Increased Activity of Calcium Leak Channels Caused by Proteolysis Near Sarcolemmal Ruptures

Increased Activity of Calcium Leak Channels Caused by Proteolysis Near Sarcolemmal Ruptures Dystrophin, a 427 kD membrane-associated structural protein in muscle cells, is thought to confer strength to the myofiber sarcolemma and protect the membrane from rupture during the stresses of contraction. Dystrophin is absent in muscle cells from Duchenne muscular dystrophy (DMD) patients and mdx mice, a DMD model. Dystrophic muscle membranes undergo more frequent transient, nonlethal tears than normal cell membranes, especially during exercise. In addition, the mean open probability of a background (``leak'') calcium channel is higher in dystrophic muscle cells, which leads to higher intracellular free calcium levels. Because elevated calcium levels may contribute to the eventual necrosis of muscle cells in DMD, we examined the possibility that the history of sarcolemmal rupture at a specific location on the membrane affects the open probability of nearby calcium leak channels. Membrane ruptures left by the excision of cell-attached patch-clamp electrodes were used to mimic natural tears. Patches made within 5 microns of excision sites contained channels with a fourfold greater mean open probability than channels in patches 50 μm away from ruptures. The increased leak channel activity near ruptures was seen continuously through the duration of the recordings and was not seen if the rupture was made in the presence of the protease inhibitor leupeptin. Calcium background channels proteolytically activated near ruptures, perhaps in a calcium-dependent manner, may thus be the lasting consequence of the weaker dystrophic sarcolemma, leading to chronically raised intracellular free calcium, increased calcium-dependent proteolysis and, eventually, necrosis. http://www.deepdyve.com/assets/images/DeepDyve-Logo-lg.png The Journal of Membrane Biology Springer Journals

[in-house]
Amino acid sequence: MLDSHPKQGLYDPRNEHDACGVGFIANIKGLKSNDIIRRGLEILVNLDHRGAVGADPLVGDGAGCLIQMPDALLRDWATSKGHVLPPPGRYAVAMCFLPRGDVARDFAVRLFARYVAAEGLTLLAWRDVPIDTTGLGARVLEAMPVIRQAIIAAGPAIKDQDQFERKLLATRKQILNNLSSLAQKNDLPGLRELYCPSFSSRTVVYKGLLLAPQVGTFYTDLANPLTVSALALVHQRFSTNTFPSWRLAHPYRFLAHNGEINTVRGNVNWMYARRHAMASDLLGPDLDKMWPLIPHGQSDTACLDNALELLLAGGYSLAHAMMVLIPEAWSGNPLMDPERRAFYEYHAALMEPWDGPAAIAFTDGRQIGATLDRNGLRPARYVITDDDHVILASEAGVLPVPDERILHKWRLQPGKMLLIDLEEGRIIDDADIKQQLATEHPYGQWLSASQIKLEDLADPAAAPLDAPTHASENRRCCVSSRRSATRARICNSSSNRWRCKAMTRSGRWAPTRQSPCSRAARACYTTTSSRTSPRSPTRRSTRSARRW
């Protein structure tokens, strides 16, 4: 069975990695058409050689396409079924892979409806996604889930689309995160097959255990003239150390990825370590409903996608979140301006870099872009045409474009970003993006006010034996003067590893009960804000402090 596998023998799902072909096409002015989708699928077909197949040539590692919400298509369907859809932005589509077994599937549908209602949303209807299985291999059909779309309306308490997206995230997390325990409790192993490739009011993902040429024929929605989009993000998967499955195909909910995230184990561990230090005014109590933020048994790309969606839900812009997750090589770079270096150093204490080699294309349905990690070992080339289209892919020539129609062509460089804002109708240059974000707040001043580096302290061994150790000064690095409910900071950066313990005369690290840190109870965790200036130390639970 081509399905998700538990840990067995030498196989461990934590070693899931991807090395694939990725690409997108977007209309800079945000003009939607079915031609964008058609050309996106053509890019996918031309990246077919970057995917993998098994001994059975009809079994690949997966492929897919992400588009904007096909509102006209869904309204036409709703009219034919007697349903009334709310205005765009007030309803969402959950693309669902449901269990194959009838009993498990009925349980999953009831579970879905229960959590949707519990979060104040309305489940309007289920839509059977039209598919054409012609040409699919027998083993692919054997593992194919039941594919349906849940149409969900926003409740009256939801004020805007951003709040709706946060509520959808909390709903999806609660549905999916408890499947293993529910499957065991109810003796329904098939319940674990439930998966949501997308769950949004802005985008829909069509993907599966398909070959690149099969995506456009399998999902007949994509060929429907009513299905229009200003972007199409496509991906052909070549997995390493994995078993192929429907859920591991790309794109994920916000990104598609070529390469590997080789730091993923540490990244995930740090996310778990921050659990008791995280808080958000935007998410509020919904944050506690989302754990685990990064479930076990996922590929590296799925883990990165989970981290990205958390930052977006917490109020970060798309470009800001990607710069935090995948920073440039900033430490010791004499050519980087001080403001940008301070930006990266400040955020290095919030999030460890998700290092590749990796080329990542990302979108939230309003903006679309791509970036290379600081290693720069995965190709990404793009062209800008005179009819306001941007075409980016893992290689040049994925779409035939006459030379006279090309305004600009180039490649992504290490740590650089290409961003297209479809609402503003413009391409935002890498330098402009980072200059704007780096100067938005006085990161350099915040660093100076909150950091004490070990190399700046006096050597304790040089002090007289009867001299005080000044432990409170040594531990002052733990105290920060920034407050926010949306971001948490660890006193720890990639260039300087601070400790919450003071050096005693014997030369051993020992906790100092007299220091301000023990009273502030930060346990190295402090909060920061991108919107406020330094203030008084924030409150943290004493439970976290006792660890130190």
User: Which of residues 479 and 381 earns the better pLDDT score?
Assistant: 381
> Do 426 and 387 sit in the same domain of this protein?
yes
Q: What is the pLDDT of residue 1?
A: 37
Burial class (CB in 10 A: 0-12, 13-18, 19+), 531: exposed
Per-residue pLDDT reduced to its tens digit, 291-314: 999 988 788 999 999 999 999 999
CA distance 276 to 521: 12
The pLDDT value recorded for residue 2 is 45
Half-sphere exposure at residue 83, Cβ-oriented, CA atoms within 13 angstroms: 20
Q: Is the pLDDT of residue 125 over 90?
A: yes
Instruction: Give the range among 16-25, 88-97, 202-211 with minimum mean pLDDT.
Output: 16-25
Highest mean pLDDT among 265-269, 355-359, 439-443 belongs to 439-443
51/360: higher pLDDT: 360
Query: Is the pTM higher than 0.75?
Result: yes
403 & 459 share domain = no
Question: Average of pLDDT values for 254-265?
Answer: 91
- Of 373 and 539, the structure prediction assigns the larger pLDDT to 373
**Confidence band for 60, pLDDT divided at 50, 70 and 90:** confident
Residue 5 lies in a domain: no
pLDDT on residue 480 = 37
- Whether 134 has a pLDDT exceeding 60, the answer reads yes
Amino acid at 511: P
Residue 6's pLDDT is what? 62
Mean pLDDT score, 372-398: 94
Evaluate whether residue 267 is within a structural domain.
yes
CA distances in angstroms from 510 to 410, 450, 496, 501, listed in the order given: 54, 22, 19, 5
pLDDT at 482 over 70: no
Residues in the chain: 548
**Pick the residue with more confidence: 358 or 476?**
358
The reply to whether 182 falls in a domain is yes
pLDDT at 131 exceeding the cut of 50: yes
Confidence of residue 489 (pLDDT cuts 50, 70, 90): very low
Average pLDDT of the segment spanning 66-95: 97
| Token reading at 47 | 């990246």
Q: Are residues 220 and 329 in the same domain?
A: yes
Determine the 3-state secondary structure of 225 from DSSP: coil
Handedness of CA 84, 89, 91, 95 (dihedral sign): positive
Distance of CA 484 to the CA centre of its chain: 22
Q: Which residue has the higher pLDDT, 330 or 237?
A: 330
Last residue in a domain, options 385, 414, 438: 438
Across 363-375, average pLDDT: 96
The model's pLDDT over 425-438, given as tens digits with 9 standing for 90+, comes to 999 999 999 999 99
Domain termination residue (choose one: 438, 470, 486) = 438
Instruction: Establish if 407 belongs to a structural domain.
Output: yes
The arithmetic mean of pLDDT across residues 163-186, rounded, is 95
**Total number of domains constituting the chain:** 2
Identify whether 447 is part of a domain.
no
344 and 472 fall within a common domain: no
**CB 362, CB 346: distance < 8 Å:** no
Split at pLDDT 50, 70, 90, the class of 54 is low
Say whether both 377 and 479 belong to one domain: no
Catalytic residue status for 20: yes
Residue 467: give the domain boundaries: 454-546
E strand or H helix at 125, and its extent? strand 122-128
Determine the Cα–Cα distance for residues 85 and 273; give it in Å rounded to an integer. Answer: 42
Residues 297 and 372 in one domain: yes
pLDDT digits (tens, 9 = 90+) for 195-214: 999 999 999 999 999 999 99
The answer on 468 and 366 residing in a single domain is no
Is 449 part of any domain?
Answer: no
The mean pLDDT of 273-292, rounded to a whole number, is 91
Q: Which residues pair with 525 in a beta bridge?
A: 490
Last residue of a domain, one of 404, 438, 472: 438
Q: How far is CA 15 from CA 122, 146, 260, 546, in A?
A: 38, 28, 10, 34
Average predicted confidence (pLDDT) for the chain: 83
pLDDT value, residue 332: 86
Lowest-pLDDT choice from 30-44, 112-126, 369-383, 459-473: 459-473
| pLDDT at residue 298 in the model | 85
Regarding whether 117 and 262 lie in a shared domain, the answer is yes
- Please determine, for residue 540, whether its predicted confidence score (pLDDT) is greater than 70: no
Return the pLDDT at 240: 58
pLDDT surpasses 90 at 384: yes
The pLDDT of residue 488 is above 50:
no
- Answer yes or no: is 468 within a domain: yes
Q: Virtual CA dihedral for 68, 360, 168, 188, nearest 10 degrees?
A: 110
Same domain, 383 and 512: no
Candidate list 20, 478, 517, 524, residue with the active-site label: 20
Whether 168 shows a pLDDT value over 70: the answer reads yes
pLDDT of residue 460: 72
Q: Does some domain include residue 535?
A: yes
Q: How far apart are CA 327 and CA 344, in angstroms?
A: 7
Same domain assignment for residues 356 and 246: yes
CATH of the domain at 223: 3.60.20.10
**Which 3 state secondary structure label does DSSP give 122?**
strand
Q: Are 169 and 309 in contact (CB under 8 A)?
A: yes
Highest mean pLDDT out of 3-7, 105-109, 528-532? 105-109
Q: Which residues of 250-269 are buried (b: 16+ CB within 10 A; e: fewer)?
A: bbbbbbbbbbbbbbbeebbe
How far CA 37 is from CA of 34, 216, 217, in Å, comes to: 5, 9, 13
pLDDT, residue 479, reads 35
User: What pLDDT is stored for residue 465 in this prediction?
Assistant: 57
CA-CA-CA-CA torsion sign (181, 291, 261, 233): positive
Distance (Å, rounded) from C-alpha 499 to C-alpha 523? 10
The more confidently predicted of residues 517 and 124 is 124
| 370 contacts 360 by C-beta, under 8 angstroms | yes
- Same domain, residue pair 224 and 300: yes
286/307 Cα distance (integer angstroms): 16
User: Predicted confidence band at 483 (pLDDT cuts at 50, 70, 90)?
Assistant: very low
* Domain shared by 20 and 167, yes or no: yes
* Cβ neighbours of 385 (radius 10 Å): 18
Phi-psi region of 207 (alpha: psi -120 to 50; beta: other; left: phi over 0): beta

Increased Activity of Calcium Leak Channels Caused by Proteolysis Near Sarcolemmal Ruptures

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Publisher
Springer-Verlag
Copyright
Copyright © Inc. by 2000 Springer-Verlag New York
Subject
Life Sciences; Biochemistry, general; Human Physiology
ISSN
0022-2631
eISSN
1432-1424
D.O.I.
10.1007/s00232001086
Publisher site
See Article on Publisher Site

Abstract

Dystrophin, a 427 kD membrane-associated structural protein in muscle cells, is thought to confer strength to the myofiber sarcolemma and protect the membrane from rupture during the stresses of contraction. Dystrophin is absent in muscle cells from Duchenne muscular dystrophy (DMD) patients and mdx mice, a DMD model. Dystrophic muscle membranes undergo more frequent transient, nonlethal tears than normal cell membranes, especially during exercise. In addition, the mean open probability of a background (``leak'') calcium channel is higher in dystrophic muscle cells, which leads to higher intracellular free calcium levels. Because elevated calcium levels may contribute to the eventual necrosis of muscle cells in DMD, we examined the possibility that the history of sarcolemmal rupture at a specific location on the membrane affects the open probability of nearby calcium leak channels. Membrane ruptures left by the excision of cell-attached patch-clamp electrodes were used to mimic natural tears. Patches made within 5 microns of excision sites contained channels with a fourfold greater mean open probability than channels in patches 50 μm away from ruptures. The increased leak channel activity near ruptures was seen continuously through the duration of the recordings and was not seen if the rupture was made in the presence of the protease inhibitor leupeptin. Calcium background channels proteolytically activated near ruptures, perhaps in a calcium-dependent manner, may thus be the lasting consequence of the weaker dystrophic sarcolemma, leading to chronically raised intracellular free calcium, increased calcium-dependent proteolysis and, eventually, necrosis.

Journal

The Journal of Membrane BiologySpringer Journals

Published: Jul 15, 2000

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